I. The Next Months

Having fallen behind, it will be difficult—but not impossible—for the United States to catch up. To an extent, the near-term future is set because COVID-19 is a slow and long illness. People who were infected several days ago will only start showing symptoms now, even if they isolated themselves in the meantime. Some of those people will enter intensive-care units in early April. As of last weekend, the nation had 17,000 confirmed cases, but the actual number was probably somewhere between 60,000 and 245,000. Numbers are now starting to rise exponentially: As of Wednesday morning, the official case count was 54,000, and the actual case count is unknown. Health-care workers are already seeing worrying signs: dwindling equipment, growing numbers of patients, and doctors and nurses who are themselves becoming infected.

Italy and Spain offer grim warnings about the future. Hospitals are out of room, supplies, and staff. Unable to treat or save everyone, doctors have been forced into the unthinkable: rationing care to patients who are most likely to survive, while letting others die. The U.S. has fewer hospital beds per capita than Italy. A study released by a team at Imperial College London concluded that if the pandemic is left unchecked, those beds will all be full by late April. By the end of June, for every available critical-care bed, there will be roughly 15 COVID-19 patients in need of one. By the end of the summer, the pandemic will have directly killed 2.2 million Americans, notwithstanding those who will indirectly die as hospitals are unable to care for the usual slew of heart attacks, strokes, and car accidents. This is the worst-case scenario. To avert it, four things need to happen—and quickly. One of the criticisms of the piece was that it focused only on this model from Imperial College and ignored others. How do you respond to that? The Imperial model is useful because of its prominence in the discourse. It is certainly not the only model out there. But including all the models in multiple paragraphs saying, “this model says this, this model says that” would frankly be tedious and not actually have that much explanatory heft. There is another point towards the end of that second section, which talks about another model that looks at ventilator capacity and stuff like that. I do think that the best models are all roughly saying the same thing. The numbers might vary, but the points are fundamentally the same. I haven’t yet found an expert who thinks this will be done by the end of spring, and that we can just kind of relax and it’ll be fine.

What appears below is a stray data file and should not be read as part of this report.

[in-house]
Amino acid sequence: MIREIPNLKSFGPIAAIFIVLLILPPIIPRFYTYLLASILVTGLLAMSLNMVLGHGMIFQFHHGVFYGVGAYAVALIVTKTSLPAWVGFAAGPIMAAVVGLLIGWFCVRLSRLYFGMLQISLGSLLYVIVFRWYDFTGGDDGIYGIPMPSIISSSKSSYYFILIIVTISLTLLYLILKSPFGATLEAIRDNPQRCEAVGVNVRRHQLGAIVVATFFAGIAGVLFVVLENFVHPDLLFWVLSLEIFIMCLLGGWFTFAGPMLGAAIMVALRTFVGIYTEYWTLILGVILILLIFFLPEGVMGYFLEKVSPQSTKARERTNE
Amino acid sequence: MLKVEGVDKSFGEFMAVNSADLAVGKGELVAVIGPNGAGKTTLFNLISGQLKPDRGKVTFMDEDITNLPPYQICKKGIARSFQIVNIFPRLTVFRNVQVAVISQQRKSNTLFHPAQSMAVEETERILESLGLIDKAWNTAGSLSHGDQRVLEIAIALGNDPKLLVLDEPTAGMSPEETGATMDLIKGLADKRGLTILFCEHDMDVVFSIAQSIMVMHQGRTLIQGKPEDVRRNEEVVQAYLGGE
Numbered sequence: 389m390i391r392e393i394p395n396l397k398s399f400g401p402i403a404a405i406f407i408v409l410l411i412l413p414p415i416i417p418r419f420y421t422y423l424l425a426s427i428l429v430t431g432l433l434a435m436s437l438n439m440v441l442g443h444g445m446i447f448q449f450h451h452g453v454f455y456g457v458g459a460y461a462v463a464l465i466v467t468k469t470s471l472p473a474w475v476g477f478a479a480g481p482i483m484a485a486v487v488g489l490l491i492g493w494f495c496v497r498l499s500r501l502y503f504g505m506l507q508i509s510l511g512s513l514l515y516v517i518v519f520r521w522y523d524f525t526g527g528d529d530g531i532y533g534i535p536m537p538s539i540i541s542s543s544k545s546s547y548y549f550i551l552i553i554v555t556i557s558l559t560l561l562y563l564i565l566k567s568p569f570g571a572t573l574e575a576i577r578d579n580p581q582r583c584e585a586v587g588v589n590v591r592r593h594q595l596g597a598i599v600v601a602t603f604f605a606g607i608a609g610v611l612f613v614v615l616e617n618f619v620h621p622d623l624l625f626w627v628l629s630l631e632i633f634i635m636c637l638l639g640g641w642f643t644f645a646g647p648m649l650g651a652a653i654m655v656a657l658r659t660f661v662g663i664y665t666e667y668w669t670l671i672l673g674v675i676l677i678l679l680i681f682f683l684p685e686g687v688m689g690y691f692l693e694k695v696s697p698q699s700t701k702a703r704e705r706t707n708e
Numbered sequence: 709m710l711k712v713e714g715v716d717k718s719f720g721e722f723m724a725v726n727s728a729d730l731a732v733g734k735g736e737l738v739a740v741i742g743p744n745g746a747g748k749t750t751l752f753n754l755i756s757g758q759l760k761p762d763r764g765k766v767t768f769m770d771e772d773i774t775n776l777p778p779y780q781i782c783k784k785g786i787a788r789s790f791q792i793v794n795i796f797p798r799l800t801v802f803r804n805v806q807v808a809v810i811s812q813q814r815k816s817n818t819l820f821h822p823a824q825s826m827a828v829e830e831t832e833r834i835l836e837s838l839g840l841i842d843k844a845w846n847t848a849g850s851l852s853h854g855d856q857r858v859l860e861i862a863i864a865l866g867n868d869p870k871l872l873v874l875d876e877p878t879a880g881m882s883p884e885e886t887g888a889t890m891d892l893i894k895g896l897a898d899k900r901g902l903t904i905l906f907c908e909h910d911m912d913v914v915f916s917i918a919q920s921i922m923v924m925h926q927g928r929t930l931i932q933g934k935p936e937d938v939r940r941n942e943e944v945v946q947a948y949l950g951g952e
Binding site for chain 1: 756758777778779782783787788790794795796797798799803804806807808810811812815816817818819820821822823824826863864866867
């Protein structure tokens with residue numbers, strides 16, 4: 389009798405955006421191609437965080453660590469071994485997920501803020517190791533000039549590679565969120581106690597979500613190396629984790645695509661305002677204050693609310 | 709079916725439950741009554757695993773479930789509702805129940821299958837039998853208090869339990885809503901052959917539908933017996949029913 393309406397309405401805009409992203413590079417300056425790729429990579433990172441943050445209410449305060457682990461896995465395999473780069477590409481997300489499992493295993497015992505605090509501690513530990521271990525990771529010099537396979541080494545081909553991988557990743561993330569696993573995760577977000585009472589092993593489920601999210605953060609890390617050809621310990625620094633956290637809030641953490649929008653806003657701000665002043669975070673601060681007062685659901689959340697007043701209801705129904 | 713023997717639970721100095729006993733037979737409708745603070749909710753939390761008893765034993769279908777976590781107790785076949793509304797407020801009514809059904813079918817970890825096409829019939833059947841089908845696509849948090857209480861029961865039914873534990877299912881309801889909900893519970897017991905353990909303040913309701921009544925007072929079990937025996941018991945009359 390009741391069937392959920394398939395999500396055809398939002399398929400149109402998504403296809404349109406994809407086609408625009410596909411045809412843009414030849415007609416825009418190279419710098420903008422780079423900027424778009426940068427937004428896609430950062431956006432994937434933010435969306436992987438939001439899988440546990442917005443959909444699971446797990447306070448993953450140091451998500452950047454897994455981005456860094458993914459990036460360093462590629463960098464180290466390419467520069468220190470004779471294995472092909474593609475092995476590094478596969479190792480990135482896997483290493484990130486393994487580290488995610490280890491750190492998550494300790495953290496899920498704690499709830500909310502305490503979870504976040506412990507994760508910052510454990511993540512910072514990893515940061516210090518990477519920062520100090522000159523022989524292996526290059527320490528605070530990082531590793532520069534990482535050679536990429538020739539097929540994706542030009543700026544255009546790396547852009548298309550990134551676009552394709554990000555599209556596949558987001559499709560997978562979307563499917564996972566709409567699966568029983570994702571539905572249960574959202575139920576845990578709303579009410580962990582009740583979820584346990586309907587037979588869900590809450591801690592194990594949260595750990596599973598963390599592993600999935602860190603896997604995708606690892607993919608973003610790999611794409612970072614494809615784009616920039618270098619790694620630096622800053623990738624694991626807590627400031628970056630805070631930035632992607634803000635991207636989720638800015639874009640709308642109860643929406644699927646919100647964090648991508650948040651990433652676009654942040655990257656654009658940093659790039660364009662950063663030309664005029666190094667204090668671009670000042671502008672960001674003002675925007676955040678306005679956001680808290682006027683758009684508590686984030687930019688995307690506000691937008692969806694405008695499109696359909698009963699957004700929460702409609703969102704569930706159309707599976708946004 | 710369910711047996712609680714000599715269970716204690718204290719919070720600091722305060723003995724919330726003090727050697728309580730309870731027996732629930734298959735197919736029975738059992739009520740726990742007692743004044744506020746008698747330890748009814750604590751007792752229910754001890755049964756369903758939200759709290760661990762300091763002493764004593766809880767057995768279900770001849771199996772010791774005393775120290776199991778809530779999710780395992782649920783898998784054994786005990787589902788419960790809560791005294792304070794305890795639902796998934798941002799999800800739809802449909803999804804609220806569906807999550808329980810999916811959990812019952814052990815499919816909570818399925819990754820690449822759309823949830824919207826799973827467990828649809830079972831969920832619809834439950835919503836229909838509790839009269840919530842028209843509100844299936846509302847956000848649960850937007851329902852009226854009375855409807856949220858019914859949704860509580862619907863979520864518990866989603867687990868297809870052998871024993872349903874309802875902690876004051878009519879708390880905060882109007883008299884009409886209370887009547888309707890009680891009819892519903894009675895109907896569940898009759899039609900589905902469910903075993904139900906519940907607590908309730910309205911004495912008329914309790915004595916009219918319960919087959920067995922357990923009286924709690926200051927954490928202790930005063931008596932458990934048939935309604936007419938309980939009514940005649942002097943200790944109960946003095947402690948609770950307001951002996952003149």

The first and most important is to rapidly produce masks, gloves, and other personal protective equipment. If health-care workers can’t stay healthy, the rest of the response will collapse. The tone in this section sounds more like a call to action than straight journalism. Was this intentional? It’s a little intentional. I don’t want the piece to be like a PSA. It’s not. It’s still journalism —not an act of advocacy. But these are urgent times. And if everyone I’m interviewing is in unison on what needs to happen right now, then part of our duty is to make clear to readers what that is. There is a fine line between explanation and advocacy, and we try to very carefully about tone. In some places, stockpiles are already so low that doctors are reusing masks between patients, calling for donations from the public, or sewing their own homemade alternatives. These shortages are happening because medical supplies are made-to-order and depend on byzantine international supply chains that are currently straining and snapping. Hubei province in China, the epicenter of the pandemic, was also a manufacturing center of medical masks.